CaseNIInput variablesSoilCLSM-B80/30%CLSM-B130/30%
    E(Error%)ν(Error%)E(Error%)ν(Error%)E(Error%)ν(Error%)
    14Uy1, Uy2, Sx1, Sx20.1877
    (87.73%)
    0.3009
    (0.30%)
    0.5786
    (114.29%)
    0.2498
    (−0.08%)
    0.8085
    (−7.07%)
    0.2498
    (−0.08)
    23Uy1,Uy2, Sx10.1649
    (64.85%)
    0.300
    (0.00%)
    0.5561
    (105.95%)
    0.2486
    (−0.55%)
    0.7832
    (−9.98%)
    0.2487
    (−0.53%)
    32Uy1, Uy20.2124
    (112.44%)
    0.2151
    (−28.31%)
    0.5809
    (115.15%)
    0.2309
    (−7.63%)
    0.7983
    (−8.25%)
    0.2549
    (1.98%)
    42Uy1, Sx10.1774
    (77.44%)
    0.3001
    (0.02)
    0.5072
    (87.85%)
    0.2450
    (−2.01%)
    0.7017
    (−19.34%)
    0.2425
    (−3.00%)
    52Sx1, Sx20.6023
    (502.27%)
    0.300
    (0.00)
    0.6365
    (135.74%)
    0.2500
    (0.01%)
    0.6365
    (−26.84%)
    0.2500
    (0.01%)
    Experimental values0.10.30.270.250.870.25

    Table 10.

    Effect of input variables on the prediction accuracy of engineering constants using RBFNN.

    Figure 11.

    QQ plot of predicted and tested engineering constants of CLSM using RBFNN (NI = 4).

    5. Conclusions

    This chapter presents a trial of application of two supervised learning artificial neural networks (BPANN and RBFNN) to predict engineering material constants, Young’s modulus and Poisson’s ratio, of backfilled materials (soil and CLSMs). The training and testing data are obtained from numerical experiments using ANSYS. Concluding remarks can be summarized as follows:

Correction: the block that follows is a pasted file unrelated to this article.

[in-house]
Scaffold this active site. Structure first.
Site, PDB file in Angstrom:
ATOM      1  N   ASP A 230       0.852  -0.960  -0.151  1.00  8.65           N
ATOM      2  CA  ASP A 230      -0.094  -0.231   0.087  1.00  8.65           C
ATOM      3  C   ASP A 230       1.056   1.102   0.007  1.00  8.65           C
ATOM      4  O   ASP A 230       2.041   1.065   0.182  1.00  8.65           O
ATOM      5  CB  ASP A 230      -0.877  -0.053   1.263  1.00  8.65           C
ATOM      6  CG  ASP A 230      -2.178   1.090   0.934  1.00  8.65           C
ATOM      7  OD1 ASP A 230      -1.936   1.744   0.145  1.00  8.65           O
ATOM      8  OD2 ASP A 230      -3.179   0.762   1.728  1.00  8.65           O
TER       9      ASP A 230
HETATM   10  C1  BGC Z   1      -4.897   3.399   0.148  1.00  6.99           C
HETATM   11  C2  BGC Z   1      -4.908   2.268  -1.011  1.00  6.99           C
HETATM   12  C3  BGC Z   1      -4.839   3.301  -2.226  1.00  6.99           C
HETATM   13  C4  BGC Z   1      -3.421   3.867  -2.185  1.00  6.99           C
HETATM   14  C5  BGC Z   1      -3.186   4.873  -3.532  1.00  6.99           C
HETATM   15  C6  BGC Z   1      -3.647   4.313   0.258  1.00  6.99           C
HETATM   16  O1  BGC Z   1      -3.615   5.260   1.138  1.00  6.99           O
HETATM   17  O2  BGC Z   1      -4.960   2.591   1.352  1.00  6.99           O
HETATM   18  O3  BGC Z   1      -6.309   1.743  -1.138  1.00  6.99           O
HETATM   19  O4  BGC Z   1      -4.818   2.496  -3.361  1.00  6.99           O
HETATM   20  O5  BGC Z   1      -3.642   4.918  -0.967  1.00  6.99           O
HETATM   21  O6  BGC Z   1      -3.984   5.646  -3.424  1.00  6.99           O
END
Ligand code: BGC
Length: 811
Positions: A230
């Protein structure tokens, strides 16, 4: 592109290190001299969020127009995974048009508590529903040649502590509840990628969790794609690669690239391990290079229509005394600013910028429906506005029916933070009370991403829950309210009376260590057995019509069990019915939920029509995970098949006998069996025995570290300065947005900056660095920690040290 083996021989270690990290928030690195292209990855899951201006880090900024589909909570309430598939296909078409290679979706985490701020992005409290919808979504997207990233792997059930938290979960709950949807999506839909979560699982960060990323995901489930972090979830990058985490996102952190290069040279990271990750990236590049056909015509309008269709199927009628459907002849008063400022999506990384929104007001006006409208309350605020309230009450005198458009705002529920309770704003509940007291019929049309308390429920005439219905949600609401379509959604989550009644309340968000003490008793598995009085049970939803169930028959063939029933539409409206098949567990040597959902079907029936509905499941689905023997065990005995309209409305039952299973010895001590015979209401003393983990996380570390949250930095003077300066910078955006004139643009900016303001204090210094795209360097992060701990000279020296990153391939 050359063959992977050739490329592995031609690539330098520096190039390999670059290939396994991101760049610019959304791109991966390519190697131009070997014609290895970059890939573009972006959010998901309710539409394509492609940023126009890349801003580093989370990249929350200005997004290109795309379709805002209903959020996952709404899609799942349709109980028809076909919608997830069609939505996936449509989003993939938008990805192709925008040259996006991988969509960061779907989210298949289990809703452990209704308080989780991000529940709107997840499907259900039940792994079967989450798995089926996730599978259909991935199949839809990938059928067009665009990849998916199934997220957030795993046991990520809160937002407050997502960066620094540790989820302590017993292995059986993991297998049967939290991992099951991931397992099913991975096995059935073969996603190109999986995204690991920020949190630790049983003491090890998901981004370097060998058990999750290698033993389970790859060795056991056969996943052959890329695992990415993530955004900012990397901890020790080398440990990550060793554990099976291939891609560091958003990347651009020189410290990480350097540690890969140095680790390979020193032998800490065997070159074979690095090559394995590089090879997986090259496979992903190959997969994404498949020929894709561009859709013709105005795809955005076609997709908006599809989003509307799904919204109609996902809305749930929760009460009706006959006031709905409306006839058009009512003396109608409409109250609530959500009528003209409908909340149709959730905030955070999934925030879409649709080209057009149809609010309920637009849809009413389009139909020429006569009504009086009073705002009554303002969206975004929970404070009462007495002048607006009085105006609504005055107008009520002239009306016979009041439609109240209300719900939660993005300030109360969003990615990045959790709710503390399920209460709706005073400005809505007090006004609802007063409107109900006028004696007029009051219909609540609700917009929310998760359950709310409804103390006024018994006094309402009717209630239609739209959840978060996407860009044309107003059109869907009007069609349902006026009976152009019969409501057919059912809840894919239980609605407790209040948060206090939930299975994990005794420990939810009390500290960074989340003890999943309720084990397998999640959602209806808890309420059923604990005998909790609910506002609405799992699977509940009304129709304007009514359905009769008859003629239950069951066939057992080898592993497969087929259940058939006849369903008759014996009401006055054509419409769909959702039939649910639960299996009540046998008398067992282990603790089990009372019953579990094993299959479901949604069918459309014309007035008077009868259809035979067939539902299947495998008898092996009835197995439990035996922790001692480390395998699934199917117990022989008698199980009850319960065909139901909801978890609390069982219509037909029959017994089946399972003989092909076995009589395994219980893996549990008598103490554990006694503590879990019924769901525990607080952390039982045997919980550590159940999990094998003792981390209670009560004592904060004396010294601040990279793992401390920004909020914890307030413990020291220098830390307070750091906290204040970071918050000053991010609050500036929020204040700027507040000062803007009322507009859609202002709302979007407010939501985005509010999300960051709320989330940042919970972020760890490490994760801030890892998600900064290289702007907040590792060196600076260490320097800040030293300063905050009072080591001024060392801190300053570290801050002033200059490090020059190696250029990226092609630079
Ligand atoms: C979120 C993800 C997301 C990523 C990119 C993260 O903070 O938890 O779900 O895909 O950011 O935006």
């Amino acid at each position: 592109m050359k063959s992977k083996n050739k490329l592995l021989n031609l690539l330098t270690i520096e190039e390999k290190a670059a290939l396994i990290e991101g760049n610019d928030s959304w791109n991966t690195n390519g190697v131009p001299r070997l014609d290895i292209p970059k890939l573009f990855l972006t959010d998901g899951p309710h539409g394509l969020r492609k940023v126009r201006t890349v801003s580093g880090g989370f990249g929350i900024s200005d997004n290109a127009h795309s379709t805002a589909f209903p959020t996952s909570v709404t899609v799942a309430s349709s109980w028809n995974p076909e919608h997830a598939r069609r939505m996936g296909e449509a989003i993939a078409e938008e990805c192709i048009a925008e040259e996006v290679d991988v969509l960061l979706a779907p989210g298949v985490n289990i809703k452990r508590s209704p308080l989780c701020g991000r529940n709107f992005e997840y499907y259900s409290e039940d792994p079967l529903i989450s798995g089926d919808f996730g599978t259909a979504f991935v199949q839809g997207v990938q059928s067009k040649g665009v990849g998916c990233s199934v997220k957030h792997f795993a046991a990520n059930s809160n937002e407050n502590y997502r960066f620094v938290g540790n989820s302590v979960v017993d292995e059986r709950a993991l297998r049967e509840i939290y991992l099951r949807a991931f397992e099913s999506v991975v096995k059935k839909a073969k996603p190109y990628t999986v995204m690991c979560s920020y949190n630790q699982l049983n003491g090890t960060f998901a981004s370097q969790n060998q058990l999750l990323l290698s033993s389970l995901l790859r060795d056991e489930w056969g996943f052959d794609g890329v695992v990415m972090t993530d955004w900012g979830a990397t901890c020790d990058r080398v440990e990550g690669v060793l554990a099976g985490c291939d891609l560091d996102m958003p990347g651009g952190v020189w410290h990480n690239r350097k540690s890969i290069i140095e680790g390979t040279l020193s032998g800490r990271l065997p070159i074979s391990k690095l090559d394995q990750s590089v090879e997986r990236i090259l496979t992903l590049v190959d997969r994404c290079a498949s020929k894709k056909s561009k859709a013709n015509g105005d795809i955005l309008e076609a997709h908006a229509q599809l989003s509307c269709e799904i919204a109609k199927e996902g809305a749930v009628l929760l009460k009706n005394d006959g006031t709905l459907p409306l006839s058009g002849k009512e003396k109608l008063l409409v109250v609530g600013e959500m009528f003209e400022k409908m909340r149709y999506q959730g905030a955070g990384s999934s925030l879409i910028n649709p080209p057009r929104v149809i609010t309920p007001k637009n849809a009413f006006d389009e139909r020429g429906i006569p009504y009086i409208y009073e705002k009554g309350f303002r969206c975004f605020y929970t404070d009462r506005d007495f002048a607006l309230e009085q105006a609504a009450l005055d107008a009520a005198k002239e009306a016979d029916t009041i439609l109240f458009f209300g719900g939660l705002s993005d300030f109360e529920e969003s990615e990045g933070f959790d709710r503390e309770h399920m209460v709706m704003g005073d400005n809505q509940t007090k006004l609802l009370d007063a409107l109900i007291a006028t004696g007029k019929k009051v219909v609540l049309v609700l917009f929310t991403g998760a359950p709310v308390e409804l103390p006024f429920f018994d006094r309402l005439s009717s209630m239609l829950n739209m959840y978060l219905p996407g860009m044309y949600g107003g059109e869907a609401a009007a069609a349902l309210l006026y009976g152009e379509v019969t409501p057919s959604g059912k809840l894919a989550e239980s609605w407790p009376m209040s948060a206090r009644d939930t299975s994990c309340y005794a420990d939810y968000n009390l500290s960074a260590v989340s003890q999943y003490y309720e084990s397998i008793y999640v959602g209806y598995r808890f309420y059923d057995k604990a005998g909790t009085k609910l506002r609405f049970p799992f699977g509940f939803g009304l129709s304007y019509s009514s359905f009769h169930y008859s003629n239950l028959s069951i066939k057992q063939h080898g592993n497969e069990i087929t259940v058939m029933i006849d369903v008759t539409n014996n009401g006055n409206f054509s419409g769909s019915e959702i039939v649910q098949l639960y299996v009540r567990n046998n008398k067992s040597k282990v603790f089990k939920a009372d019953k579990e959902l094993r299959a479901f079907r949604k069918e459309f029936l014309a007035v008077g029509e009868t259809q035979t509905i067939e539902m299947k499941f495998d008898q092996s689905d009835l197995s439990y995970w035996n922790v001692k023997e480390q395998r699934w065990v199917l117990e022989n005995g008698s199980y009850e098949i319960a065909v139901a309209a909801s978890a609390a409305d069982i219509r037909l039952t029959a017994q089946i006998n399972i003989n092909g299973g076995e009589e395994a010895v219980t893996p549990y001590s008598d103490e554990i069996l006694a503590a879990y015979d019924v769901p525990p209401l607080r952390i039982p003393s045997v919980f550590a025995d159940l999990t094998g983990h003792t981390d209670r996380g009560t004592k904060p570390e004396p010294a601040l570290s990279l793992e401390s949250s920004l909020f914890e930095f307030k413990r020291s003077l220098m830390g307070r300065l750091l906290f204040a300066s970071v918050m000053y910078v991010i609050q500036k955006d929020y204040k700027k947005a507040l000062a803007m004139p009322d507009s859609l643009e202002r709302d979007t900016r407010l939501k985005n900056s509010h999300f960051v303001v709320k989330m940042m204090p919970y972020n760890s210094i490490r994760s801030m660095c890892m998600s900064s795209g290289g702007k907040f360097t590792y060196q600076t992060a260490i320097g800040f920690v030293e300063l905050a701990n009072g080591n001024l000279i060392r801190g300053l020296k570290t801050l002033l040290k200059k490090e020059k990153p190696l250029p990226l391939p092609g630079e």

1. BPANN with training method LM (such as trainlm in MATLAB) works well for parameter recognition of engineering constant. For example, a well-designed BPANN with LM (trainlm) can give accurate prediction of both Young’s modulus (error is within 6% for CLSMs) and Poisson’s ratio (error is with 1% for all) for three kinds of backfilled materials;

    2. In the BPANN framework, at least two displacements at different points should be measured, together with optional 0, 1, or 2 stress measurements;

    3. In the BPANN structure, for example, small number of neurons of hidden layer is enough for parameter recognition;

    4. RBFNN is not appropriate for the parameter recognition of engineering constants, for example, as compared with BPANN.

    In future, another neural network which is appropriate for regression, such as probabilistic neural networks (PNN) and supporting vector machines (SVM), maybe used for the study on the parameter recognition of engineering constants of problems in civil engineering.

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    Li-Jeng Huang (December 20th 2017). Parameter Recognition of Engineering Constants of CLSMs in Civil Engineering Using Artificial Neural Networks, Advanced Applications for Artificial Neural Networks, Adel El-Shahat, IntechOpen, DOI: 10.5772/intechopen.71538. Available from: